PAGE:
There is no doubt farming has a vital role to play in the battle against antimicrobial resistance, but it must not be to the detriment of farm businesses and animal health.
This week’s stories of how the industry has reduced antibiotic sales is good news for an industry which often finds itself in the firing line where use of animal medicine is concerned.
Positive information to combat the often vile vitriol of those who dislike farming is crucial if we are to retain a strong perception of the industry in the eyes of the public.
If the industry was seen to be ignoring the wider public health debate regarding antibiotic use, we would hurt ourselves as individual operators and as an entire profession.
But we must also be wary farmers do not unduly suffer at the tail-end of contentious debates, whether this is regarding the role of subsidies, the future of environmental schemes or, in this case, making sure we treat animals in the correct way.
We need strong arguments as to why we use these treatments and be able to back up the doses which are administered.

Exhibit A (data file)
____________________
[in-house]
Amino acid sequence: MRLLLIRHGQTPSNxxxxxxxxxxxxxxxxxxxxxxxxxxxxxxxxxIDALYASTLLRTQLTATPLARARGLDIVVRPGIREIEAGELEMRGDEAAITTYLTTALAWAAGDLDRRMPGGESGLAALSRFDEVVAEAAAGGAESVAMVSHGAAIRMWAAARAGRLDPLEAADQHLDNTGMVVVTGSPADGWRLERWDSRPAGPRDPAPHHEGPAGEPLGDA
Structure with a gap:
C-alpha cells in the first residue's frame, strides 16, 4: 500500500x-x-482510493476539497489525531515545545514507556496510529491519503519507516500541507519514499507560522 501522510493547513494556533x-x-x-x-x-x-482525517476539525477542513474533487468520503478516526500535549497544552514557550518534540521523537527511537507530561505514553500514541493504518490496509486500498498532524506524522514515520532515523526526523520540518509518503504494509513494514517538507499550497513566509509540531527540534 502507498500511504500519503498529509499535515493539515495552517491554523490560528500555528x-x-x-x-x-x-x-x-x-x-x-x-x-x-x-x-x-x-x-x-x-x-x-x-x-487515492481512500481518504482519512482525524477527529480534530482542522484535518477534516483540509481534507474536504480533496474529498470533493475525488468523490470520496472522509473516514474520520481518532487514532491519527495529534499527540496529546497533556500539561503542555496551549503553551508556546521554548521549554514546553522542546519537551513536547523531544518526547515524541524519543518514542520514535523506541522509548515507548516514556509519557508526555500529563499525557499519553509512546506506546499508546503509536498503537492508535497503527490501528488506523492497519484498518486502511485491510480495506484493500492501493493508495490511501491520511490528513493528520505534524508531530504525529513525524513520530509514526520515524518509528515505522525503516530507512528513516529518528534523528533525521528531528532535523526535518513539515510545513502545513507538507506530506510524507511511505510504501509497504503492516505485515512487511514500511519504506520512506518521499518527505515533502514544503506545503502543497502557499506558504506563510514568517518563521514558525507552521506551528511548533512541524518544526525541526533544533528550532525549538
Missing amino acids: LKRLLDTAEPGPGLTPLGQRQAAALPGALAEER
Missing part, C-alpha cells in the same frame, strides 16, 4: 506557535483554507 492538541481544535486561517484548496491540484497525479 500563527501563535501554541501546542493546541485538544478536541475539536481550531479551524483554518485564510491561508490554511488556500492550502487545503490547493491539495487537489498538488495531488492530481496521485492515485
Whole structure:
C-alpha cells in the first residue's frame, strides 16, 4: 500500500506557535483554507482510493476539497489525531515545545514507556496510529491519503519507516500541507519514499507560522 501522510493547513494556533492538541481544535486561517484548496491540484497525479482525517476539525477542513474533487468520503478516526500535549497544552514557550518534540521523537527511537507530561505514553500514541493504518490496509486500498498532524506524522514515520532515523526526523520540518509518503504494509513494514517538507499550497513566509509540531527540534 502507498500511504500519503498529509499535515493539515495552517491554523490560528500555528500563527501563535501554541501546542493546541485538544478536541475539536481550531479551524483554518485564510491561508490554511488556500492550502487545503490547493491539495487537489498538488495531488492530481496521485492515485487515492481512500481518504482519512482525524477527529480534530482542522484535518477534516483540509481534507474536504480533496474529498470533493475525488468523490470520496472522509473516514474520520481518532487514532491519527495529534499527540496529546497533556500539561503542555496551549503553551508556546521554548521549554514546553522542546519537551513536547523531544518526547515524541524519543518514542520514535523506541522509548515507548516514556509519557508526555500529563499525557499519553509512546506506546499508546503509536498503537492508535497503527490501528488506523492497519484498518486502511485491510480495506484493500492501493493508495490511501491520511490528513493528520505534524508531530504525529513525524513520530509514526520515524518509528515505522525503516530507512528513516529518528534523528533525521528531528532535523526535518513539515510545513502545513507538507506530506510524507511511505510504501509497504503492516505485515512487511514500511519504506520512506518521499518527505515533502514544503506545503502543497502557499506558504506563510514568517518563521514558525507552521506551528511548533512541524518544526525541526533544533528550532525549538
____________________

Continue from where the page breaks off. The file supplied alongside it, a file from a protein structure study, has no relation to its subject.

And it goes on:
If not, there is a real risk individual farmers or farm sectors will be picked off by those who have an axe to grind against agriculture.
All too often, farmers find themselves on the end of dictats which seek to order them about and deny them the scope to use their own values or judgements, whether it is supermarkets telling them not to speak to the press or processors reshaping the vision of farmer representative organisations.
We have to ensure farmers are engaged in the debate and understand what is expected of them when it comes to protecting the future image of the industry. Farmers are not idiots and should not be treated as such by those in the wider agricultural or public spheres.
A farming group talk I spoke to this week had mixed views about Donald Trump being elected President of the USA. Make your own mind up by going to p12-13 of this week’s FG.